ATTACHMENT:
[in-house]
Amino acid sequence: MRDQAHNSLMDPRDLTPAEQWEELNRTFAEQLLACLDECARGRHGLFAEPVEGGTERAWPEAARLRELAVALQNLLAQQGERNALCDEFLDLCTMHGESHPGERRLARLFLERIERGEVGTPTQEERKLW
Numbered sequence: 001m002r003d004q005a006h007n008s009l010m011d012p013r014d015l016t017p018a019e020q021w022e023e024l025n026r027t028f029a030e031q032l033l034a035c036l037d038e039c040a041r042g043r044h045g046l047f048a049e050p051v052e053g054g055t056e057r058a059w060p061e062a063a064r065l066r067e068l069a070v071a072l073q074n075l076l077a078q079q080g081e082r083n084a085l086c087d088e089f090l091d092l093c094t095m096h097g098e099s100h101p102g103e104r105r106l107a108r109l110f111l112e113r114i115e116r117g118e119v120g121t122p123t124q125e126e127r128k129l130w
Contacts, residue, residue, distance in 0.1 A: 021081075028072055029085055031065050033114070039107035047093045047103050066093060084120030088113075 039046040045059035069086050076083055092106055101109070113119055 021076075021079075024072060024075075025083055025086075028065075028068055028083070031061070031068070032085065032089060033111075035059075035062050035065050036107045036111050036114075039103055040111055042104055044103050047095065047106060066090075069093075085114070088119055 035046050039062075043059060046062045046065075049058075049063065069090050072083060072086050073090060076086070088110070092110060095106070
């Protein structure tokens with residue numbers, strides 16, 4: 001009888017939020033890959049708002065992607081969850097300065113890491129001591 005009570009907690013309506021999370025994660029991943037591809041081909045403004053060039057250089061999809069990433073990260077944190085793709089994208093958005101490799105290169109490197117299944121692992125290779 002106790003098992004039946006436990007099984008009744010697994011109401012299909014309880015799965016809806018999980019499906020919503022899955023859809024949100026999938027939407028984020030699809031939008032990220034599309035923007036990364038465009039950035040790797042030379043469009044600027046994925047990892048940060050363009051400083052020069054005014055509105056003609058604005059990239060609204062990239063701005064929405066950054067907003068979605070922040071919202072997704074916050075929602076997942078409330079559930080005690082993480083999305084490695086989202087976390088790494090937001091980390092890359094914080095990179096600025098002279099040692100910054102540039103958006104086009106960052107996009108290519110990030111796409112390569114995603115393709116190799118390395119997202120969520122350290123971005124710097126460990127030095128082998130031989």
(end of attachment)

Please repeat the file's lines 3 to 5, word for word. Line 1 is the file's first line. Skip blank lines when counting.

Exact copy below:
Numbered sequence: 001m002r003d004q005a006h007n008s009l010m011d012p013r014d015l016t017p018a019e020q021w022e023e024l025n026r027t028f029a030e031q032l033l034a035c036l037d038e039c040a041r042g043r044h045g046l047f048a049e050p051v052e053g054g055t056e057r058a059w060p061e062a063a064r065l066r067e068l069a070v071a072l073q074n075l076l077a078q079q080g081e082r083n084a085l086c087d088e089f090l091d092l093c094t095m096h097g098e099s100h101p102g103e104r105r106l107a108r109l110f111l112e113r114i115e116r117g118e119v120g121t122p123t124q125e126e127r128k129l130w
Contacts, residue, residue, distance in 0.1 A: 021081075028072055029085055031065050033114070039107035047093045047103050066093060084120030088113075 039046040045059035069086050076083055092106055101109070113119055 021076075021079075024072060024075075025083055025086075028065075028068055028083070031061070031068070032085065032089060033111075035059075035062050035065050036107045036111050036114075039103055040111055042104055044103050047095065047106060066090075069093075085114070088119055 035046050039062075043059060046062045046065075049058075049063065069090050072083060072086050073090060076086070088110070092110060095106070
């Protein structure tokens with residue numbers, strides 16, 4: 001009888017939020033890959049708002065992607081969850097300065113890491129001591 005009570009907690013309506021999370025994660029991943037591809041081909045403004053060039057250089061999809069990433073990260077944190085793709089994208093958005101490799105290169109490197117299944121692992125290779 002106790003098992004039946006436990007099984008009744010697994011109401012299909014309880015799965016809806018999980019499906020919503022899955023859809024949100026999938027939407028984020030699809031939008032990220034599309035923007036990364038465009039950035040790797042030379043469009044600027046994925047990892048940060050363009051400083052020069054005014055509105056003609058604005059990239060609204062990239063701005064929405066950054067907003068979605070922040071919202072997704074916050075929602076997942078409330079559930080005690082993480083999305084490695086989202087976390088790494090937001091980390092890359094914080095990179096600025098002279099040692100910054102540039103958006104086009106960052107996009108290519110990030111796409112390569114995603115393709116190799118390395119997202120969520122350290123971005124710097126460990127030095128082998130031989």